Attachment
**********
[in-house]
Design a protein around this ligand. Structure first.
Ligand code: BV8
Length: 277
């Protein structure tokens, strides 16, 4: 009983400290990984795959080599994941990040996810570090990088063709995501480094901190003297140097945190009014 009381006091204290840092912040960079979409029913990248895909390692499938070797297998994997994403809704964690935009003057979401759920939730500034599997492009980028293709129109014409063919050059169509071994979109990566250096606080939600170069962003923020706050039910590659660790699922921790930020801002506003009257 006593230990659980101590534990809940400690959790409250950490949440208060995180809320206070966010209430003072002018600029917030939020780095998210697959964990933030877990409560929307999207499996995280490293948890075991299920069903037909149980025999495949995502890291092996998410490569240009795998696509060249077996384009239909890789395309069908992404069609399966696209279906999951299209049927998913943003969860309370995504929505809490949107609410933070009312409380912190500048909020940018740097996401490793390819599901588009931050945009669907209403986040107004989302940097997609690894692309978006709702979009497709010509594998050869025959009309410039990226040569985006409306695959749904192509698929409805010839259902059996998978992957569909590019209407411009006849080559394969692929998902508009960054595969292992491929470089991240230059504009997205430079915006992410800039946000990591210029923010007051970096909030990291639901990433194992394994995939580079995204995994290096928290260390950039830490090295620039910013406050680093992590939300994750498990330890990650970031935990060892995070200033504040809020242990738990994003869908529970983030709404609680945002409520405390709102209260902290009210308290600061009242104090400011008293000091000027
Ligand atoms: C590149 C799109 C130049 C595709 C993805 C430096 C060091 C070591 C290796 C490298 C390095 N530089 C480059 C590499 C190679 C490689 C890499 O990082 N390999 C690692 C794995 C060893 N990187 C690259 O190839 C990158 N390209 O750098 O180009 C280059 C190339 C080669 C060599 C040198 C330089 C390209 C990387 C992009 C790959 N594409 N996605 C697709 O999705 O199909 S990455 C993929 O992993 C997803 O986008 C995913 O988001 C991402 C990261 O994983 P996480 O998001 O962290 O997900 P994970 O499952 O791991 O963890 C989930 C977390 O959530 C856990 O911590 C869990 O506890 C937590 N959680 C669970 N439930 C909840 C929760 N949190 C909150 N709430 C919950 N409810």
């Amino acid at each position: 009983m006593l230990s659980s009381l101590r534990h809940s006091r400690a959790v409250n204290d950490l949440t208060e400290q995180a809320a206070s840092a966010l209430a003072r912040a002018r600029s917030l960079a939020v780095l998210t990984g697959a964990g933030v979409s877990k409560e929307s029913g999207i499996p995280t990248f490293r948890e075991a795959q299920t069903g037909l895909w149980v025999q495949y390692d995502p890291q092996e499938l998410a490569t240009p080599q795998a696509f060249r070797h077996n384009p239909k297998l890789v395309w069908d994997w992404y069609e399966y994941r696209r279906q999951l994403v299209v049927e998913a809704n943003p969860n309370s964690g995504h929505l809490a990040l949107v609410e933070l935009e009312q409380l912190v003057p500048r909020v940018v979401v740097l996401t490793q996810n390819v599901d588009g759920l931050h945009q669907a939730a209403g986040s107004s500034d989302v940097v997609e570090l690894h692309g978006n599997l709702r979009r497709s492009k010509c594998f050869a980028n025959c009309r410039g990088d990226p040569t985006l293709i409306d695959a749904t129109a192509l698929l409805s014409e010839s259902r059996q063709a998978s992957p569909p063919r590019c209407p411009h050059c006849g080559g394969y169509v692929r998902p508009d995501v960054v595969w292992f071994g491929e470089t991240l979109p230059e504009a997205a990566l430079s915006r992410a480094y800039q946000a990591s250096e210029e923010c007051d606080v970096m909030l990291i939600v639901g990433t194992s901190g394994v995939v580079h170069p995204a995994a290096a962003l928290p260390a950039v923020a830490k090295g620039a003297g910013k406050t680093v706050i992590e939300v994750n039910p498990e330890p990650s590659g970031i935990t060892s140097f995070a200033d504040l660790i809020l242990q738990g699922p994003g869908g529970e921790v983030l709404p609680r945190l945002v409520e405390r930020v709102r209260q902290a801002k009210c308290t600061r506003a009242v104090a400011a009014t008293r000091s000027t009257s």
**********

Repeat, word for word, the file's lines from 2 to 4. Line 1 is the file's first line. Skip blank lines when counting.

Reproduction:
Design a protein around this ligand. Structure first.
Ligand code: BV8
Length: 277